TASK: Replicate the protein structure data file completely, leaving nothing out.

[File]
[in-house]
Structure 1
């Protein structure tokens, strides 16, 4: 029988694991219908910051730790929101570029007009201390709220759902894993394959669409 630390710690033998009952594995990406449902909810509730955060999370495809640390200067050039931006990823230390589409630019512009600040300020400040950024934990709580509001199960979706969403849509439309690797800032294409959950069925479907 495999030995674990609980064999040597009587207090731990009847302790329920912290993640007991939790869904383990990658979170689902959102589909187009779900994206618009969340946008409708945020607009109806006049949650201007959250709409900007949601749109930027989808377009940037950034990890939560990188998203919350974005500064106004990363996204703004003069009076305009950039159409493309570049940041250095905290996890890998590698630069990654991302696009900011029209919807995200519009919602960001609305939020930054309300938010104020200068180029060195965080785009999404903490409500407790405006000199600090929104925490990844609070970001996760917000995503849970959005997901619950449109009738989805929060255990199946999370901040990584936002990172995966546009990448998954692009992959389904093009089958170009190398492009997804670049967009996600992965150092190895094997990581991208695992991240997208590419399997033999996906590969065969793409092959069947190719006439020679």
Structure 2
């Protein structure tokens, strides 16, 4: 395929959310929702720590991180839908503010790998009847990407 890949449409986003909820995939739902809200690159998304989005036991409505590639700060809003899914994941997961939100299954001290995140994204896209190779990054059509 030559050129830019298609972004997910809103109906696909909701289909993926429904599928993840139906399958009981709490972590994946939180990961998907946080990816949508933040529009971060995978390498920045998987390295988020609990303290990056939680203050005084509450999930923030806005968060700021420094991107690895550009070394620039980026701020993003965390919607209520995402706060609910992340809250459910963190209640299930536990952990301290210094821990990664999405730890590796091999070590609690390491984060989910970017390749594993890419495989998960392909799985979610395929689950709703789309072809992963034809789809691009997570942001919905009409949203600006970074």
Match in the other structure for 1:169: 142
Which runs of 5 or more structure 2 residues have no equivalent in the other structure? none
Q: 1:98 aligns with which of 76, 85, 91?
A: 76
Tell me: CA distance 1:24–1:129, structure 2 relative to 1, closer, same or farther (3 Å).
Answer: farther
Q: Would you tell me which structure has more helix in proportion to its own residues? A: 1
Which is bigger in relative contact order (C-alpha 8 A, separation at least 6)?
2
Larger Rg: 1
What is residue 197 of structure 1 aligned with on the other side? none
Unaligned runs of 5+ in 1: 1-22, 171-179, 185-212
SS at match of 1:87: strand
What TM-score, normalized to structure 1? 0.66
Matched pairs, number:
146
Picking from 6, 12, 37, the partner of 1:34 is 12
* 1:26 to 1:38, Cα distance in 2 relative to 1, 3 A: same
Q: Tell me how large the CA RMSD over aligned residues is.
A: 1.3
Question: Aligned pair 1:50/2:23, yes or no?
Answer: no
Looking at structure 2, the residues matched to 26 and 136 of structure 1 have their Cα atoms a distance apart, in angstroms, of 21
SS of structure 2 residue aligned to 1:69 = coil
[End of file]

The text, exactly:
[in-house]
Structure 1
């Protein structure tokens, strides 16, 4: 029988694991219908910051730790929101570029007009201390709220759902894993394959669409 630390710690033998009952594995990406449902909810509730955060999370495809640390200067050039931006990823230390589409630019512009600040300020400040950024934990709580509001199960979706969403849509439309690797800032294409959950069925479907 495999030995674990609980064999040597009587207090731990009847302790329920912290993640007991939790869904383990990658979170689902959102589909187009779900994206618009969340946008409708945020607009109806006049949650201007959250709409900007949601749109930027989808377009940037950034990890939560990188998203919350974005500064106004990363996204703004003069009076305009950039159409493309570049940041250095905290996890890998590698630069990654991302696009900011029209919807995200519009919602960001609305939020930054309300938010104020200068180029060195965080785009999404903490409500407790405006000199600090929104925490990844609070970001996760917000995503849970959005997901619950449109009738989805929060255990199946999370901040990584936002990172995966546009990448998954692009992959389904093009089958170009190398492009997804670049967009996600992965150092190895094997990581991208695992991240997208590419399997033999996906590969065969793409092959069947190719006439020679």
Structure 2
């Protein structure tokens, strides 16, 4: 395929959310929702720590991180839908503010790998009847990407 890949449409986003909820995939739902809200690159998304989005036991409505590639700060809003899914994941997961939100299954001290995140994204896209190779990054059509 030559050129830019298609972004997910809103109906696909909701289909993926429904599928993840139906399958009981709490972590994946939180990961998907946080990816949508933040529009971060995978390498920045998987390295988020609990303290990056939680203050005084509450999930923030806005968060700021420094991107690895550009070394620039980026701020993003965390919607209520995402706060609910992340809250459910963190209640299930536990952990301290210094821990990664999405730890590796091999070590609690390491984060989910970017390749594993890419495989998960392909799985979610395929689950709703789309072809992963034809789809691009997570942001919905009409949203600006970074």
Match in the other structure for 1:169: 142
Which runs of 5 or more structure 2 residues have no equivalent in the other structure? none
Q: 1:98 aligns with which of 76, 85, 91?
A: 76
Tell me: CA distance 1:24–1:129, structure 2 relative to 1, closer, same or farther (3 Å).
Answer: farther
Q: Would you tell me which structure has more helix in proportion to its own residues? A: 1
Which is bigger in relative contact order (C-alpha 8 A, separation at least 6)?
2
Larger Rg: 1
What is residue 197 of structure 1 aligned with on the other side? none
Unaligned runs of 5+ in 1: 1-22, 171-179, 185-212
SS at match of 1:87: strand
What TM-score, normalized to structure 1? 0.66
Matched pairs, number:
146
Picking from 6, 12, 37, the partner of 1:34 is 12
* 1:26 to 1:38, Cα distance in 2 relative to 1, 3 A: same
Q: Tell me how large the CA RMSD over aligned residues is.
A: 1.3
Question: Aligned pair 1:50/2:23, yes or no?
Answer: no
Looking at structure 2, the residues matched to 26 and 136 of structure 1 have their Cα atoms a distance apart, in angstroms, of 21
SS of structure 2 residue aligned to 1:69 = coil